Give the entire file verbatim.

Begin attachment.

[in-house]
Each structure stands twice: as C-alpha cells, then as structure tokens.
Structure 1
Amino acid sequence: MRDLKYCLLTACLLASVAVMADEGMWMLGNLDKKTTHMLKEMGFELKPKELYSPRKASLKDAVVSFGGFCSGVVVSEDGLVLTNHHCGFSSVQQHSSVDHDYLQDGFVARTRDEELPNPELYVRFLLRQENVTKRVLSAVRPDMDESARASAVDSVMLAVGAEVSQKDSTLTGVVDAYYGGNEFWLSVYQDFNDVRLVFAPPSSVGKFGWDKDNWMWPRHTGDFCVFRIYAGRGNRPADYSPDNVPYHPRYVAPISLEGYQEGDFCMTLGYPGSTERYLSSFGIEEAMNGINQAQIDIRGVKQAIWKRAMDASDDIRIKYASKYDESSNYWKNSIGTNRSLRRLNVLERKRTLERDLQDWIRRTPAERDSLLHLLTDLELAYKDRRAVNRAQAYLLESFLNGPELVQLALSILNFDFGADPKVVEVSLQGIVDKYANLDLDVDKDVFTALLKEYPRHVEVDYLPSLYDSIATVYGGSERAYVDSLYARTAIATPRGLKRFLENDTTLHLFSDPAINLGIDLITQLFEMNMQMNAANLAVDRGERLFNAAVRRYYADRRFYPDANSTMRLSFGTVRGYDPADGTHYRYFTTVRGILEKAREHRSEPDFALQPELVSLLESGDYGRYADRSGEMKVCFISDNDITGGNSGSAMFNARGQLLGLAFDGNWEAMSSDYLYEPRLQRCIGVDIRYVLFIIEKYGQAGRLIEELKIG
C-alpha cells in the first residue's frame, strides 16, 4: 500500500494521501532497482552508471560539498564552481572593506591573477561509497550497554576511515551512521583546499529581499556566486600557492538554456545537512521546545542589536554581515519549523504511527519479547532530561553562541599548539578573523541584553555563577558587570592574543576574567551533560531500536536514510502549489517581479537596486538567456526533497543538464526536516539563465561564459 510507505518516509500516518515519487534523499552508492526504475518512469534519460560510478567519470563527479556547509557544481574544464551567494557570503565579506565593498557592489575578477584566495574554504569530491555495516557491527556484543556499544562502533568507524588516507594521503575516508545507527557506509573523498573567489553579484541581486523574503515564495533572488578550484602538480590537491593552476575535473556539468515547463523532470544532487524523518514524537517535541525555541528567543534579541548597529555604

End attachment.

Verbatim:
[in-house]
Each structure stands twice: as C-alpha cells, then as structure tokens.
Structure 1
Amino acid sequence: MRDLKYCLLTACLLASVAVMADEGMWMLGNLDKKTTHMLKEMGFELKPKELYSPRKASLKDAVVSFGGFCSGVVVSEDGLVLTNHHCGFSSVQQHSSVDHDYLQDGFVARTRDEELPNPELYVRFLLRQENVTKRVLSAVRPDMDESARASAVDSVMLAVGAEVSQKDSTLTGVVDAYYGGNEFWLSVYQDFNDVRLVFAPPSSVGKFGWDKDNWMWPRHTGDFCVFRIYAGRGNRPADYSPDNVPYHPRYVAPISLEGYQEGDFCMTLGYPGSTERYLSSFGIEEAMNGINQAQIDIRGVKQAIWKRAMDASDDIRIKYASKYDESSNYWKNSIGTNRSLRRLNVLERKRTLERDLQDWIRRTPAERDSLLHLLTDLELAYKDRRAVNRAQAYLLESFLNGPELVQLALSILNFDFGADPKVVEVSLQGIVDKYANLDLDVDKDVFTALLKEYPRHVEVDYLPSLYDSIATVYGGSERAYVDSLYARTAIATPRGLKRFLENDTTLHLFSDPAINLGIDLITQLFEMNMQMNAANLAVDRGERLFNAAVRRYYADRRFYPDANSTMRLSFGTVRGYDPADGTHYRYFTTVRGILEKAREHRSEPDFALQPELVSLLESGDYGRYADRSGEMKVCFISDNDITGGNSGSAMFNARGQLLGLAFDGNWEAMSSDYLYEPRLQRCIGVDIRYVLFIIEKYGQAGRLIEELKIG
C-alpha cells in the first residue's frame, strides 16, 4: 500500500494521501532497482552508471560539498564552481572593506591573477561509497550497554576511515551512521583546499529581499556566486600557492538554456545537512521546545542589536554581515519549523504511527519479547532530561553562541599548539578573523541584553555563577558587570592574543576574567551533560531500536536514510502549489517581479537596486538567456526533497543538464526536516539563465561564459 510507505518516509500516518515519487534523499552508492526504475518512469534519460560510478567519470563527479556547509557544481574544464551567494557570503565579506565593498557592489575578477584566495574554504569530491555495516557491527556484543556499544562502533568507524588516507594521503575516508545507527557506509573523498573567489553579484541581486523574503515564495533572488578550484602538480590537491593552476575535473556539468515547463523532470544532487524523518514524537517535541525555541528567543534579541548597529555604